14 June – Evening at Taylors Bridge

It was incredibly hot. The wind was kind, from the north west and with a slight chill. I discussed the previous week’s catch returns over a cool glass of beer and decided to fish the top beats. The middle beat had been recently fished and the river at Rotherbridge looked completely lifeless. The fish were probably all hiding in the tree roots. I signed in at Taylors Bridge about 5:00pm and leant over the rail of the bridge searching for any fishy signs. There were none. The deep pool at Ladymead seemed the best bet. I sat on the grass under the Lime tree with the breeze at my back and patiently waited for a fish to show. I was patient for about fifteen minutes. The water looked cool and the shadow of the trees might be hiding a trout. As there were no fish rising I worked a GRHE nymph through the run just under my feet. Then I tested the slack between the lock pillars. I gradually extended the search into the main pool, just beyond the sand bank. I kept my fly line over the sand bar and with an eighteen foot leader, dragged the nymph up the far slope of sand. Nothing. I extended my cast into the Lime tree behind me and lost the fly. I decided to leave the pool until later.


Great Red Sedge

As I walked downstream I saw female Mayfly spinners occasionally dipping into the water to lay their eggs. The air was thick with midges, damsel flies and terrestrials but strangely there were no birds. Perhaps they had gone to find a roost. I crossed the bridge and walked down the south bank, there were no cows to distract me on that side of the river. I walked down to the pool below the willow tree island and saw several small fish rising. One was very close under the bank. I lowered a parachute mayfly over the fish, it rose and snapped at the fly but missed. All the fish stopped rising.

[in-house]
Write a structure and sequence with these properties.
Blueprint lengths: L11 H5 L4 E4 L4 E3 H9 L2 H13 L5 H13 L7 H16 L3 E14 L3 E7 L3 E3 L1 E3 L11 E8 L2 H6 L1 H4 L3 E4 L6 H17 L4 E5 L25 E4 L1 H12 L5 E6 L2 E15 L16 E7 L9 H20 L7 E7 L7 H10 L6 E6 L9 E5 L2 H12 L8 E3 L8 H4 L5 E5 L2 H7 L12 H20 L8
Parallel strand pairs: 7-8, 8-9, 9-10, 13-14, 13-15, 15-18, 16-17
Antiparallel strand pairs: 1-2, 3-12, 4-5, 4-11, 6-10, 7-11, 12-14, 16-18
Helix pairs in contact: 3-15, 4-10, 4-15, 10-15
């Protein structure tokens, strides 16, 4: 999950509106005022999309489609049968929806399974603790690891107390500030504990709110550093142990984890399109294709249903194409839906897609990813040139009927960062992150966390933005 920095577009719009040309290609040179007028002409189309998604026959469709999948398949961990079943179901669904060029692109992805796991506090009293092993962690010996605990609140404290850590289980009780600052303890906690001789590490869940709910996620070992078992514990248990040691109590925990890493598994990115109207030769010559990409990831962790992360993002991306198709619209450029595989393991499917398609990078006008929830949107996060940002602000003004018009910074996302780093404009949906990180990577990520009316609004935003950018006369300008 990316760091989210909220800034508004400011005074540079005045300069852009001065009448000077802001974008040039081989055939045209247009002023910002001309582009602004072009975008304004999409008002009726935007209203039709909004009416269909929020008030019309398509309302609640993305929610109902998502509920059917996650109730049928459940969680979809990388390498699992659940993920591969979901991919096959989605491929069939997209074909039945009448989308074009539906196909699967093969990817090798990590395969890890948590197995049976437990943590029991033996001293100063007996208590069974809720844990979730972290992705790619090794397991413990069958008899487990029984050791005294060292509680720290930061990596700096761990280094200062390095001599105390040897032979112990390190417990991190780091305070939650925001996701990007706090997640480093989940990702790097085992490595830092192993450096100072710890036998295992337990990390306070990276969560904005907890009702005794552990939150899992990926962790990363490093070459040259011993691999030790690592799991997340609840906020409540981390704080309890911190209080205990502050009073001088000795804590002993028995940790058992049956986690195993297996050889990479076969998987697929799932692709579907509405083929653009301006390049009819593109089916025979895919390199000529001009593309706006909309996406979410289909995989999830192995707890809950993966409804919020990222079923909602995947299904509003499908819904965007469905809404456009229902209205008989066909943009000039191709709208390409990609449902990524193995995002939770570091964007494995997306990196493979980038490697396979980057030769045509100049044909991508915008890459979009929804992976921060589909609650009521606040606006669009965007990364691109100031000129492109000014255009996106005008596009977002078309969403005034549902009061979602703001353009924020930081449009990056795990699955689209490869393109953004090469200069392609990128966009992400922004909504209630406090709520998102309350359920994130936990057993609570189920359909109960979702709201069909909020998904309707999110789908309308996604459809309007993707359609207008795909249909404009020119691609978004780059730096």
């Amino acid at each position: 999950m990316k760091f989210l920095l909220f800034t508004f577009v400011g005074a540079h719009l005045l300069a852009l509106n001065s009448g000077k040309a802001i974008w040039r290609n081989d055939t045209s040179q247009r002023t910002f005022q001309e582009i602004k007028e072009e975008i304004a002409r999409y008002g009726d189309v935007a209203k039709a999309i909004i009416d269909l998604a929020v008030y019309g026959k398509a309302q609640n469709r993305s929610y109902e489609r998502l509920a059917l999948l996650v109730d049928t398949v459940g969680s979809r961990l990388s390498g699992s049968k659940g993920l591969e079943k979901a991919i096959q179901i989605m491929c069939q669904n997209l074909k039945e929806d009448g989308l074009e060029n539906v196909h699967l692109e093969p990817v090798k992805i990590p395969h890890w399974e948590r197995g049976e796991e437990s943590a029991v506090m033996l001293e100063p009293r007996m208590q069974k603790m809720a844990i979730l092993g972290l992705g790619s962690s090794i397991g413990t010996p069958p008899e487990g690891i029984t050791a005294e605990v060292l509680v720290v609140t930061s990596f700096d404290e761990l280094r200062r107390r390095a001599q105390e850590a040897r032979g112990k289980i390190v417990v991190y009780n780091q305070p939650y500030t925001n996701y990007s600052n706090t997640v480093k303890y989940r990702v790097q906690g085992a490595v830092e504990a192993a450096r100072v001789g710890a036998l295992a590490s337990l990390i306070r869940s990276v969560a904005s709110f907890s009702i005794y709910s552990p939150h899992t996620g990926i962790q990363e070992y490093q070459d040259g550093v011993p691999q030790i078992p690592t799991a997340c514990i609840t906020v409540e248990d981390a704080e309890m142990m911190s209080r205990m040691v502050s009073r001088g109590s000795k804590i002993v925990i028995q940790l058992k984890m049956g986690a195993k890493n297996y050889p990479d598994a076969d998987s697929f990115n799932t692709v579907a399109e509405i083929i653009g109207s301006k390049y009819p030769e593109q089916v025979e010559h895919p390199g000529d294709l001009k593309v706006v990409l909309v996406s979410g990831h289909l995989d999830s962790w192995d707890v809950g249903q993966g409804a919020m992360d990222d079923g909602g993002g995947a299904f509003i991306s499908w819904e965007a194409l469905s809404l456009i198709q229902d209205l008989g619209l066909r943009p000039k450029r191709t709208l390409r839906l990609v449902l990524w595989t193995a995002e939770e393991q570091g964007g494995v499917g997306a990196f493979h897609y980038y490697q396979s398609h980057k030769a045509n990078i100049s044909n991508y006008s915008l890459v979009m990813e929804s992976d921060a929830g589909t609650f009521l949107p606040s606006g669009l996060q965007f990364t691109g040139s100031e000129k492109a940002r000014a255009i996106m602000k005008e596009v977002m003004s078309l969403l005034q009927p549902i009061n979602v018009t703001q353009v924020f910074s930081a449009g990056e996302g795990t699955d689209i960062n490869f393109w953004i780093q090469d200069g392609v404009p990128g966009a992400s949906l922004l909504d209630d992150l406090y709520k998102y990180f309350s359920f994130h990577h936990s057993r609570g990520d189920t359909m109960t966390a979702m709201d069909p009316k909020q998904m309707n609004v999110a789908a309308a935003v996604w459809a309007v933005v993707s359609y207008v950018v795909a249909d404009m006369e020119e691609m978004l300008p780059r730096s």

I walked slowly back to the bridge looking upstream for rising fish. There was a big splash under an Oak tree but the cast was tricky and I put the fish down. I searched the shallow pool which is usually guaranteed to produce a fish but the prolonged hot weather had made it uncomfortable for the trout. As I walked upstream I saw a Barn Owl drifting across the water meadow, it settled in a big Oak. Too far away for a portrait.

I got to the bridge and heard a rise in the pool below, near an overhanging branch. I crept into position and saw two good fish circling around and sipping in flies. I lowered a parachute Mayfly onto the surface and waited. A fish rose, inspected it closely and went down. I swapped to a smaller pattern. The fish looked carefully at the fly but decided not to take. My next fly was an Adams, a sure thing for fussy trout in the evening. That was an improvement but it was rejected by both fish. I tried a Neoprene black buzzer but that was completely ignored. In desperation I tried a large Royal Coachman. That bought a response but I could see the trout’s displeasure at such an obvious fake.


My last chance was the ginger dry fly with the palmered hackle. I tied on a size 14, left the foam untrimmed and lowered it into position. The biggest fish rose, saw the fly and took it confidently. It was about 2lb. I released it and the trout dived back under the tree branch. I’ll catch it’s partner another day. I left at about 9:15pm and smiled all the way home. Very fussy trout.